Sure, most kids roll their eyes when they hear the phrase “healthy lunch.” (Certain grown-ups, too.) But a funny thing happened on the way to upgrading the nation’s cafeteria meals. Although elementary school students complained when they first tried lunches that met new government standards in 2012, by the end of the school year most actually liked them, according to a just-out survey from the University of Illinois at Chicago. The data, which polled administrators at over 500 primary schools, found that 70 percent agreed strongly that kids liked their new meals (richer in whole grains and produce, and containing less fat). The picture gets even brighter, too. Another study, recently published in the American Journal of Preventive Medicine, found that children’s intake of fruits and vegetables had gone up since the guidelines were implemented. That said, participation in school lunch programs has dropped 3.7 percent since 2010, a slip that some officials worry has to do with these new standards.
by Sara Reistad-Long in Food News, July 19, 2014
Earlier this year, the Food and Drug Administration released details of the proposed nutrition label makeover. Many experts have been weighing in on the new look, trying to determine if the changes will help consumers make better-informed decisions or simply add to widespread confusion about nutrition. Last week, The New England Journal of Medicine published two commentaries from health experts.
Added Sugars, Packaging Buzzwords
The first perspective was written by David A. Kessler, MD, a professor at the University of California, San Francisco, author of The End of Overeating and a former FDA commissioner. Kessler believes that the FDA’s proposed changes could help nudge food buyers toward healthier decisions but argues that the new label does not go far enough.
by Sara Reistad-Long in Food News, July 11, 2014
In this week’s news: The organic set has a told-you-so moment; the calories-in-calories-out theory loses cachet; and the veggie burger seizes the gourmet spotlight.
Whole-Paycheck Prices? (Maybe) Just Worth It.
Here’s a reason to feel good about that massively bank-breaking expensive pint of organic fruit you just bought: A new comprehensive review of previous studies found that organic produce and grains had slightly higher levels of antioxidants (17 percent more) and lower levels of pesticides than their conventionally-farmed counterparts. Previous reviews had played down the differences (pesticide levels in conventional produce, for example, are often still well below what’s considered harmful), and hadn’t used quite as broad a sample base (one possible reason for the difference).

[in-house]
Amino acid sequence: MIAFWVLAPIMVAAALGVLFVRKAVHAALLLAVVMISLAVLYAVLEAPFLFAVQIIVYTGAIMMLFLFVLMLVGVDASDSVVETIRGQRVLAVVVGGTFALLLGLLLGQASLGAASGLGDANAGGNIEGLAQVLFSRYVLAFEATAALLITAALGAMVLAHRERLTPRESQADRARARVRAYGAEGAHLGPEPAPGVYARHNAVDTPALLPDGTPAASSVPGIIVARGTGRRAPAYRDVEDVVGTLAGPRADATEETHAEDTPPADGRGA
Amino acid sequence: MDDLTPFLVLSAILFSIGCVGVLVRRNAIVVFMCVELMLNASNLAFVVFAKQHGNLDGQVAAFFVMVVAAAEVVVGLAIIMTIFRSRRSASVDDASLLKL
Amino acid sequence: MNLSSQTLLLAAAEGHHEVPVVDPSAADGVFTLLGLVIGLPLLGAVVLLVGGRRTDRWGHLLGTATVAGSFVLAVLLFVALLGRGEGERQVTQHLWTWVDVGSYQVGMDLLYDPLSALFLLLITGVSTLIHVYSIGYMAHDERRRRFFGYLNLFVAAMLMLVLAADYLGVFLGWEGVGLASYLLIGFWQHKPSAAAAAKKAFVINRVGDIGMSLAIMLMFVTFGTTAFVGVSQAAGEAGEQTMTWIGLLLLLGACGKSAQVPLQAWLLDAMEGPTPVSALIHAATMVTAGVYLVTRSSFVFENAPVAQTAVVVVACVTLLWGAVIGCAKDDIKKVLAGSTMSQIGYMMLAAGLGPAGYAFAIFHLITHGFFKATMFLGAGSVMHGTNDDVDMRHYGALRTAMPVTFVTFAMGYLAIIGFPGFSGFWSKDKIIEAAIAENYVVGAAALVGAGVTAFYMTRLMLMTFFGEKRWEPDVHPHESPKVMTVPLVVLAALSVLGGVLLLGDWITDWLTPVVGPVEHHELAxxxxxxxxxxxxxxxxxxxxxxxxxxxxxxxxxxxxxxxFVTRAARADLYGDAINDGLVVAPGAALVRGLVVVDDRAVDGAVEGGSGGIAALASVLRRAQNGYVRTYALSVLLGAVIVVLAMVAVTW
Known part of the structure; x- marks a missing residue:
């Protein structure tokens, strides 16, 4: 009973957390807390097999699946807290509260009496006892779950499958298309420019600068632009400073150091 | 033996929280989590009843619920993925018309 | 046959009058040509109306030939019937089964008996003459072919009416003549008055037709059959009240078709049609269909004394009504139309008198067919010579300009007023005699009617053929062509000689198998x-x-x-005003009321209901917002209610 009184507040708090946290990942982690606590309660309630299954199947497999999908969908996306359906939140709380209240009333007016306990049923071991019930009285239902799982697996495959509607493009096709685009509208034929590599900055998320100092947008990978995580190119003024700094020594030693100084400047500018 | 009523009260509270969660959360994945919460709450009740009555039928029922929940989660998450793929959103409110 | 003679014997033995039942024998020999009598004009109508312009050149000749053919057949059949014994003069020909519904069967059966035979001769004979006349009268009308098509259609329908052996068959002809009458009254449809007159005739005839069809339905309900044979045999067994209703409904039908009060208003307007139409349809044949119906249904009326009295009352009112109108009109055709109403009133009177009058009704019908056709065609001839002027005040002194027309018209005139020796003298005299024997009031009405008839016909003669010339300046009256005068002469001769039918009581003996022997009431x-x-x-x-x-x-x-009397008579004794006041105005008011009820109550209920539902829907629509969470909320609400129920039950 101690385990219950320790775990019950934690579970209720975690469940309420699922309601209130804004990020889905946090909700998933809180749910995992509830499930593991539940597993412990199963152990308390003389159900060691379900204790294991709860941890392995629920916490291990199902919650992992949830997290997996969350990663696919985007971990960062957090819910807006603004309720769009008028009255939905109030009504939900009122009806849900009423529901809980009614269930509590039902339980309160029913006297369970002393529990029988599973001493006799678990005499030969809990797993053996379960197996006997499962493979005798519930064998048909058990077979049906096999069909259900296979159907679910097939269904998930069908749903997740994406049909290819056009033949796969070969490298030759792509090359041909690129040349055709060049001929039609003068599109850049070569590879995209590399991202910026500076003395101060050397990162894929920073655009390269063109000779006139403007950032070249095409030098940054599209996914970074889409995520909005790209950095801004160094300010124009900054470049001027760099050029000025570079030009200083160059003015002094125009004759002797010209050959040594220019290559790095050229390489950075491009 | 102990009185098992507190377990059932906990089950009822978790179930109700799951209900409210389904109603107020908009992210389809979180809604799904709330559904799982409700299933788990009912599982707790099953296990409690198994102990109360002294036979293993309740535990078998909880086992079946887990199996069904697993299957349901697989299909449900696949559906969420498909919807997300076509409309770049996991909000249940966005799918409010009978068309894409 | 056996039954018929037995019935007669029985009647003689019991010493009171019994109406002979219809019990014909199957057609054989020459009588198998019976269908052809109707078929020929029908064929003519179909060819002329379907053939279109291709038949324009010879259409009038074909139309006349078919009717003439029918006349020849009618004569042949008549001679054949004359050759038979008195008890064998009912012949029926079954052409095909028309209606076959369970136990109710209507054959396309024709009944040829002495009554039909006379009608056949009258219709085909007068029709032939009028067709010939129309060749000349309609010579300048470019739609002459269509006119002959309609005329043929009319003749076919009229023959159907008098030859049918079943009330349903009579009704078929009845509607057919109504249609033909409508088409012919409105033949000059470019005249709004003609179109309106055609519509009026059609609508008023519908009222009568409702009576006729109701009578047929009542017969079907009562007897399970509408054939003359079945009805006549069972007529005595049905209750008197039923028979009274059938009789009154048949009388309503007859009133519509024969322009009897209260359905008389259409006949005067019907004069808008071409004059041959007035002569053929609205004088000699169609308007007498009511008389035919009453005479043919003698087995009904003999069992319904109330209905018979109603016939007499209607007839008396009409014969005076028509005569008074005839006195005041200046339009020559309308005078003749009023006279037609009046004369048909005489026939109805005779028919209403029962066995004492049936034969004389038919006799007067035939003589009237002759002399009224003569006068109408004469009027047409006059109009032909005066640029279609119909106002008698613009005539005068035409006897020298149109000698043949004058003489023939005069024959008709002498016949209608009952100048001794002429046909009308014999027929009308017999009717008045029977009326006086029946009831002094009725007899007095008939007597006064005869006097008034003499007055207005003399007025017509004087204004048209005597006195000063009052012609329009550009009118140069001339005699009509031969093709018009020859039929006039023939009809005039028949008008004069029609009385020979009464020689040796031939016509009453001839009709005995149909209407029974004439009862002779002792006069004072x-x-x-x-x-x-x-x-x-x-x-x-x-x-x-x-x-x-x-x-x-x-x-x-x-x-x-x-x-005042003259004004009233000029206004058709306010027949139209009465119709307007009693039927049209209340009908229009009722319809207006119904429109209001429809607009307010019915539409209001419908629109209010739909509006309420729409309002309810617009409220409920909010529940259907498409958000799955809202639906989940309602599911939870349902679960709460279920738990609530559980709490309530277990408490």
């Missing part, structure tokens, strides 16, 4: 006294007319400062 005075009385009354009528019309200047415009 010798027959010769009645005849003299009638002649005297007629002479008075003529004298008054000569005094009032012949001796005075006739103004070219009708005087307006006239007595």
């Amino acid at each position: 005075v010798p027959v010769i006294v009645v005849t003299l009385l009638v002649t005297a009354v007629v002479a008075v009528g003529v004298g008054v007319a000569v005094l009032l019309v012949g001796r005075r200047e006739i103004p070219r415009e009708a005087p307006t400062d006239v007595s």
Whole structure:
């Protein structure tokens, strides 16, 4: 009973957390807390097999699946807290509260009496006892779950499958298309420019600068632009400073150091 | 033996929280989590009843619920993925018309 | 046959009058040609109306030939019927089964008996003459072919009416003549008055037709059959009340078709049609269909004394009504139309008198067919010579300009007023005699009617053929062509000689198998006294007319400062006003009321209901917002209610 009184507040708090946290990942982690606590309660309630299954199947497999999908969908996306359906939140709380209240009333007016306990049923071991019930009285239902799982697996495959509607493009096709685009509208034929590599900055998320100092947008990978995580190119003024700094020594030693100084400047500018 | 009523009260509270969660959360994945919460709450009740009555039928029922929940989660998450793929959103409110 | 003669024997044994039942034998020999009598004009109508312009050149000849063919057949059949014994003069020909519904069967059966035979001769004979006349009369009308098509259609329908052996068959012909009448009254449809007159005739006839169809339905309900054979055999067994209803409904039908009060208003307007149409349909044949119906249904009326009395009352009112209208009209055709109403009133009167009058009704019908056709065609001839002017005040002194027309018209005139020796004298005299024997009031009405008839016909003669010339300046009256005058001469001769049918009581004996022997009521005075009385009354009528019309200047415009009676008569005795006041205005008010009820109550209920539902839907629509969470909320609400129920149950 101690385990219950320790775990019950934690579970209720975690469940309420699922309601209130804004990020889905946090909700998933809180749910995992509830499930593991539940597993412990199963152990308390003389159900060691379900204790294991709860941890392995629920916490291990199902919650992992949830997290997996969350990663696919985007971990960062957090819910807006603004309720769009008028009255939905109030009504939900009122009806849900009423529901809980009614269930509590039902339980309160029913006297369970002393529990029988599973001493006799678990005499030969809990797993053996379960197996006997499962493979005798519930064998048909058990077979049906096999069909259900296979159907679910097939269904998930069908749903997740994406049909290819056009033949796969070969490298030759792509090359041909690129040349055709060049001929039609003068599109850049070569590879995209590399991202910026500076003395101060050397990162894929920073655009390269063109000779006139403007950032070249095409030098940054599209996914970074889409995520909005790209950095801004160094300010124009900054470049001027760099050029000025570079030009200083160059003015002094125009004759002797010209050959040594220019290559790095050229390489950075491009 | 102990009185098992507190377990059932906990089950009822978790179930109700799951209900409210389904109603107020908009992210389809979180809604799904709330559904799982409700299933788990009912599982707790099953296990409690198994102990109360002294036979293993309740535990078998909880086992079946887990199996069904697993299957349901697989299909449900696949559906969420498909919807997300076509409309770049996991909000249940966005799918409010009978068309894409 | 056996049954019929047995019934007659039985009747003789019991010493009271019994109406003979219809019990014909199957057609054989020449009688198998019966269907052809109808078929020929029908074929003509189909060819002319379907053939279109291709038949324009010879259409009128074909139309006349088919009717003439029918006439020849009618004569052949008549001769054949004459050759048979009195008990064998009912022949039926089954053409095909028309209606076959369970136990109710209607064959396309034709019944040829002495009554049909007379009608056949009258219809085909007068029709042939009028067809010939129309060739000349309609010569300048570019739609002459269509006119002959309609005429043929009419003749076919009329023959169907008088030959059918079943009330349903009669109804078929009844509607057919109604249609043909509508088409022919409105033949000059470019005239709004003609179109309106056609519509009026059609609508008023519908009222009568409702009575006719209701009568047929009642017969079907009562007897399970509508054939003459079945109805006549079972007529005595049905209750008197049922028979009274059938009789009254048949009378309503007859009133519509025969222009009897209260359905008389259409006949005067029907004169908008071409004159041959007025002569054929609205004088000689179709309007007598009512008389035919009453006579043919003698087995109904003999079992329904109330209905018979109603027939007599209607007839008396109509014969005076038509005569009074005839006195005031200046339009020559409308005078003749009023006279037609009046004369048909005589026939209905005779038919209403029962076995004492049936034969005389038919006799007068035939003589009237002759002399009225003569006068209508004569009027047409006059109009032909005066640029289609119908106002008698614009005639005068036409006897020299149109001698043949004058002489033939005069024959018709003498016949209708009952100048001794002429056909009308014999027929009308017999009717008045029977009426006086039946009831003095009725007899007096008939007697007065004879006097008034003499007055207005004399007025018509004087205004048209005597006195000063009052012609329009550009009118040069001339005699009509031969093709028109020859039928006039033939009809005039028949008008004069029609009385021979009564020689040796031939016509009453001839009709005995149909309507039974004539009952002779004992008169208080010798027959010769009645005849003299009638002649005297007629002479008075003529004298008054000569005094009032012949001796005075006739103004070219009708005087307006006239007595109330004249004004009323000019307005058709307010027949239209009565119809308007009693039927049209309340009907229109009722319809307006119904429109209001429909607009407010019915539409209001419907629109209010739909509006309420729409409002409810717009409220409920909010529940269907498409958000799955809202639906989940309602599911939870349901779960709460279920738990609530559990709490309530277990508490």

by Toby Amidor in Food News, Food Safety, July 10, 2014
In this week’s news: Rappers delight in healthy eating; Alice Waters predicts a farmers markets bonanza; and scientists do the important work of building a healthier hot dog.
That’s Doug E. Fresh — As In, Fresh Salad
Recently, the Future Leaders Institute charter school in New York City’s Harlem neighborhood hosted a rap performance by Adrian Harris, a member of the pioneering hip-hop group the Cold Crush Brothers. For those familiar with the group’s work, it might be surprising to hear that the artist is focusing his lyrics these days on fruits, vegetables and how to stay healthy. It wasn’t an isolated event. Along with hip-hop artists like Doug E. Fresh, Chuck D and DMC , Harris is part of a movement developed by Hip Hop Public Health that has musicians working with doctors and nutritionists. With songs, videos and games, the artists and health care professionals encourage audience members to become “hip hop public health ambassadors” to their families. Interesting bonus: Some genre purists have heralded the initiative as a chance for hip-hop to return to its roots as a medium for talking about issues of local and social concern.
by Andrea Strong in Grocery Shopping, Trends, July 9, 2014
Researchers claim they have a solution for those suffering from peanut allergies. But is a hypoallergenic peanut all it’s cracked up to be?
Halva, the Middle Eastern sesame candy, is a dessert favorite. Dense and rich, it tastes like peanut buttery fudge and is often layered with ribbons of chocolate. What could be better? Just one problem: It’s traditionally loaded with sugar. Israeli native Shahar Shamir was a huge halva fan too, but as a former dancer keen on keeping healthy, he was hesitant to dig in.
A home cook since the age of eight (his mother taught him everything he knows), Shamir decided to fiddle with a recipe of his own, grinding sesame seeds with honey and roasted nuts, and making something that more closely resembled a nut butter than a candy. His rendition also dispensed with the usual hydrogenated oils and artificial flavors. He served his new-fangled halva spreads to friends at dinner parties. They went wild.